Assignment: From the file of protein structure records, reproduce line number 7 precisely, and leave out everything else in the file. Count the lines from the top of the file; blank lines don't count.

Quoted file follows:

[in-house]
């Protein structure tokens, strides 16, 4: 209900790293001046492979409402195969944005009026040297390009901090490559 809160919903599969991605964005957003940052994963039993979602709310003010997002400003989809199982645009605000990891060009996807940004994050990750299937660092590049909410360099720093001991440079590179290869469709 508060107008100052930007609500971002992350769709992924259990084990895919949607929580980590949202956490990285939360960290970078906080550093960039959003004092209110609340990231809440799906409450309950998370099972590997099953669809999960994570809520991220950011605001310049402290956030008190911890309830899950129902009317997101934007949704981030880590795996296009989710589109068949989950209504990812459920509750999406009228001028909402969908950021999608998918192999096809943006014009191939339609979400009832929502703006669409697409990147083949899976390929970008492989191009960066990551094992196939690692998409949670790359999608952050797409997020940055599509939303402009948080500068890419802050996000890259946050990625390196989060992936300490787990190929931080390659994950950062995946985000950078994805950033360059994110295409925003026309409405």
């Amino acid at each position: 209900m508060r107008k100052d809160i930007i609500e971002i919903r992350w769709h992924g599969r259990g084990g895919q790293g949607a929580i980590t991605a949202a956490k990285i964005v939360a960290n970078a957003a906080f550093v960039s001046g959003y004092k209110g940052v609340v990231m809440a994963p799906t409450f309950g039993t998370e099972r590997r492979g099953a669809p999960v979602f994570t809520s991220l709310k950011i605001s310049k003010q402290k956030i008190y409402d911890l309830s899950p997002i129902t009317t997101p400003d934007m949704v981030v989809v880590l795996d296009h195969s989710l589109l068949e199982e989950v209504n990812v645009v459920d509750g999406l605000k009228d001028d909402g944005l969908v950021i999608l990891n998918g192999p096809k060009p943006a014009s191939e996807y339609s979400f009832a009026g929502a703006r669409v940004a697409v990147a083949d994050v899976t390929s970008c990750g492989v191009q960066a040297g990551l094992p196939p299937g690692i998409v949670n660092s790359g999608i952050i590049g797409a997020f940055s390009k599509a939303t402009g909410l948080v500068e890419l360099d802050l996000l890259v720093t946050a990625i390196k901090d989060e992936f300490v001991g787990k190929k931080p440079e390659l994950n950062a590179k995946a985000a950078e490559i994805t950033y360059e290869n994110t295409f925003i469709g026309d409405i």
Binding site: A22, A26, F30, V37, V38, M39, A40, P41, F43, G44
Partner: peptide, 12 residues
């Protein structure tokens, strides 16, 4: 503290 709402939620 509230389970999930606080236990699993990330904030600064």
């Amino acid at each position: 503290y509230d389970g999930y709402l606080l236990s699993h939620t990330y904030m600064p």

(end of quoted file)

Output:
């Amino acid at each position: 503290y509230d389970g999930y709402l606080l236990s699993h939620t990330y904030m600064p």